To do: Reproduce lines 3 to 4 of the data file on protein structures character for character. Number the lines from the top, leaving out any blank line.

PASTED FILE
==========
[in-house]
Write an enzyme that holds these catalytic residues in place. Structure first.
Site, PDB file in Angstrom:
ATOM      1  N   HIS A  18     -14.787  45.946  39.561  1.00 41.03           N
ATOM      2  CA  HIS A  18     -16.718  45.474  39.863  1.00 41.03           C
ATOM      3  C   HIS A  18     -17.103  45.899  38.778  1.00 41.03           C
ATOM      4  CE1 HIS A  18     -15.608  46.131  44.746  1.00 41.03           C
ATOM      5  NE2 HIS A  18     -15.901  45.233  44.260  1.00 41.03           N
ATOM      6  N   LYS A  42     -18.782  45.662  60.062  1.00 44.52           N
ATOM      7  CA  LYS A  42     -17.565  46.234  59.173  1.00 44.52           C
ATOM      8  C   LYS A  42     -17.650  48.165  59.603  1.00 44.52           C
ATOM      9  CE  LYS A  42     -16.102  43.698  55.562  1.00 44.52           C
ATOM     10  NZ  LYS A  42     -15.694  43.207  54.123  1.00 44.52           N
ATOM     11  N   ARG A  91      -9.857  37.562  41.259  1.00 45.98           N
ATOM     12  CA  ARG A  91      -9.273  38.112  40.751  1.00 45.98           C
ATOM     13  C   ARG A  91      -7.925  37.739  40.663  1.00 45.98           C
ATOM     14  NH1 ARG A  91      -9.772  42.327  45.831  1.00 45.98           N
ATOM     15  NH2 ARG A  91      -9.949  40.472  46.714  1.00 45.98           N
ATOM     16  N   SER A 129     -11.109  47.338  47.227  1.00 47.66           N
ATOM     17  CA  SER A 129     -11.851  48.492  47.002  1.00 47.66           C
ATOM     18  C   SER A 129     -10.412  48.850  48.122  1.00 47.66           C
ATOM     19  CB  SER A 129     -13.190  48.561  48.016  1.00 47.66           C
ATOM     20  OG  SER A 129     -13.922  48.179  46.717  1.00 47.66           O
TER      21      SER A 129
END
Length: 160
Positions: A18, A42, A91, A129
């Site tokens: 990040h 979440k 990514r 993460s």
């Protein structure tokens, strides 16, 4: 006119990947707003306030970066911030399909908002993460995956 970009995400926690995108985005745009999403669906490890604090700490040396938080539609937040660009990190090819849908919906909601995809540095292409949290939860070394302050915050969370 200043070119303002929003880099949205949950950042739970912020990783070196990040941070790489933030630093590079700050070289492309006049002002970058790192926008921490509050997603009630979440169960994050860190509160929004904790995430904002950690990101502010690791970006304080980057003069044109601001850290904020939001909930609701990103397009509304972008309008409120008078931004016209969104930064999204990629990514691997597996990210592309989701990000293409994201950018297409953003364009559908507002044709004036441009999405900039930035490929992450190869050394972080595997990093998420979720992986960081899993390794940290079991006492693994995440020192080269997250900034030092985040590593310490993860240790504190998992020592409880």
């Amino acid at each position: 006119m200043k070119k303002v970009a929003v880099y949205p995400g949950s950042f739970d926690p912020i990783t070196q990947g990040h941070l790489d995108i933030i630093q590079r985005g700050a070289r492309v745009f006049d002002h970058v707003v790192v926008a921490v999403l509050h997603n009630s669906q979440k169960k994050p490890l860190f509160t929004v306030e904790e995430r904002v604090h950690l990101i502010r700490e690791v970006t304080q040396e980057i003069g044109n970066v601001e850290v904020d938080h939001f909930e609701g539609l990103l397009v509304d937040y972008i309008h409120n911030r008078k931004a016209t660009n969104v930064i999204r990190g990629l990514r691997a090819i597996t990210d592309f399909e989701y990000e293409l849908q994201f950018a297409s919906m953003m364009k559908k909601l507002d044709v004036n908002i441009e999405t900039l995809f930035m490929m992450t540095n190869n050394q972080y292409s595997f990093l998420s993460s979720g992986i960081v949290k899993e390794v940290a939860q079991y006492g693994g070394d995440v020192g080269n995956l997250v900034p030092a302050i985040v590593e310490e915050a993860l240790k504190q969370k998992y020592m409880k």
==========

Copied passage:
Site, PDB file in Angstrom:
ATOM      1  N   HIS A  18     -14.787  45.946  39.561  1.00 41.03           N